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Tap into the power of small wins to write your manuscript

You’ve probably heard how important it is to break down a humongous task into parts to get the job done. You may have heard the question: How do you eat an elephant? Answer: One bite at a time.

Turns out that this can be an effective way to write a book.

The thought of all the time and pieces and parts and elements of writing craft that go into writing a book can be overwhelming. In fact, writing a book can seem so unattainable that some people give up before they even start. To combat these feelings, consider how you can break down your book project into small tasks to gain valuable momentum to write a complete manuscript.

Small tasks completed over time really do add up. For example, sometimes I go through a day and feel as though I didn’t accomplish much. But if we step back and look over a period of time, we can see those small tasks we completed on an ongoing basis add up to some pretty big accomplishments.

Here are some examples of how to aim for small writing wins:

Create several scenes. Don’t be concerned about timing or order in your story, just think about some events or action that should happen and write.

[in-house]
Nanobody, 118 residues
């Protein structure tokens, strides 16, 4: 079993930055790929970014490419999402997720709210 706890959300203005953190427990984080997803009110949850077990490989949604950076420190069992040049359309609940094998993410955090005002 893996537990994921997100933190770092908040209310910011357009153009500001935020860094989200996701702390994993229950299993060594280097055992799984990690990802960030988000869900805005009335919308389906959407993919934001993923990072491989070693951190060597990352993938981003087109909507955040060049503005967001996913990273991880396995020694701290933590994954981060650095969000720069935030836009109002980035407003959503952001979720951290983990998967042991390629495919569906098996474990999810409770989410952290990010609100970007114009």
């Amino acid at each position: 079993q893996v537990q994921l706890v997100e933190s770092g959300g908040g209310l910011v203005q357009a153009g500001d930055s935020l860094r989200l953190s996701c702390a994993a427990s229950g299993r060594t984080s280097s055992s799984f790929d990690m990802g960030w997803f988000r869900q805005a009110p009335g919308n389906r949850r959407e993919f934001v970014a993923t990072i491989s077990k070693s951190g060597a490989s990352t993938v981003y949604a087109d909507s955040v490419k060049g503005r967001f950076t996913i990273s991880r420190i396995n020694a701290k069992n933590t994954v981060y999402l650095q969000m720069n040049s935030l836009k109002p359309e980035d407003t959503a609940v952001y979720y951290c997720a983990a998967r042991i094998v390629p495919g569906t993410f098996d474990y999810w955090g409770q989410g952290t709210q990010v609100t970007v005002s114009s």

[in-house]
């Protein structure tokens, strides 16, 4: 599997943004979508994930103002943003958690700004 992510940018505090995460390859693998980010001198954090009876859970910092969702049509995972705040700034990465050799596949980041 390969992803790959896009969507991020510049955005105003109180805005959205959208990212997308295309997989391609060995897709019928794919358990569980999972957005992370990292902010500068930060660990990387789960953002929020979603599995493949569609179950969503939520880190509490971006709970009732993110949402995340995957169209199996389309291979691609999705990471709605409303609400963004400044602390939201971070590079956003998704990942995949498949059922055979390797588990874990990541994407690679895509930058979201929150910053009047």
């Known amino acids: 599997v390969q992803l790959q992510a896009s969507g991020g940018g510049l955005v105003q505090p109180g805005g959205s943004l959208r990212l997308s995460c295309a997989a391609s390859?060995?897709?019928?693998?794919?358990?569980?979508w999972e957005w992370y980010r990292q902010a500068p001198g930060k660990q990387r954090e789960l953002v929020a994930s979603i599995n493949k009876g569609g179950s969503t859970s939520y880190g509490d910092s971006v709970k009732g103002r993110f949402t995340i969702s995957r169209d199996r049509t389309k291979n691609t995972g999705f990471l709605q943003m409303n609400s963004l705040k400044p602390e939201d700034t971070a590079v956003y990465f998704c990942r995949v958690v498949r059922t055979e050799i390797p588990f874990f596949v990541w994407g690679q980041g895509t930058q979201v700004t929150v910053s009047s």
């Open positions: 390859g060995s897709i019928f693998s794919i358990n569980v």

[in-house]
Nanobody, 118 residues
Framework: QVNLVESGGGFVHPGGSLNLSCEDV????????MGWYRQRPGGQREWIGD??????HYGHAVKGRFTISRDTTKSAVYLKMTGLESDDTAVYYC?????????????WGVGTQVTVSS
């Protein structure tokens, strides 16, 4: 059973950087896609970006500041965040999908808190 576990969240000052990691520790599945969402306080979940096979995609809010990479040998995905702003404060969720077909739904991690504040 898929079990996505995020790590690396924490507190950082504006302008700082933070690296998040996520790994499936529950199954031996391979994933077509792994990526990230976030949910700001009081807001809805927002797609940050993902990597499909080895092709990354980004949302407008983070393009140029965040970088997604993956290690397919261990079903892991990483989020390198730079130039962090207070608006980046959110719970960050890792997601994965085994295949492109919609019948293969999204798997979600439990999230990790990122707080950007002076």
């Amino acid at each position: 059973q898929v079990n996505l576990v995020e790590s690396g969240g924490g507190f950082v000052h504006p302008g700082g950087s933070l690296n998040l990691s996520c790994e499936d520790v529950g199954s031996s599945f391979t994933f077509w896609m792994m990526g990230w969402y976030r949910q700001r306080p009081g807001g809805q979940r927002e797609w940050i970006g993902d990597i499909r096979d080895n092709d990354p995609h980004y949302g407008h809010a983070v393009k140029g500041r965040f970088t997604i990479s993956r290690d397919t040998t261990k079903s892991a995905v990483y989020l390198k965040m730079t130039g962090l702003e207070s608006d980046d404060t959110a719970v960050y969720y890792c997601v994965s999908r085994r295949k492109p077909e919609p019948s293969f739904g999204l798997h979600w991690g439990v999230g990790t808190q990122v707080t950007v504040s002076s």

Sketch out characters. Creating your cast of characters will push your story forward as your characters begin to take action.

Write one chapter — It doesn’t even have to be chapter one. Just write any chapter.

Write every day, even if it’s just a page or even a few sentences — You’ll get a boost out of the knowledge that you have accomplished a piece of your project plan. And over time, small bits of copy add up to a book.

Track your small wins and celebrate them. This act of celebration generates momentum to propel you forward.

Photo used under the terms of the GNU Free Documentation License, Version 1.2 Photo credit: Muhammad Mahdi Karim

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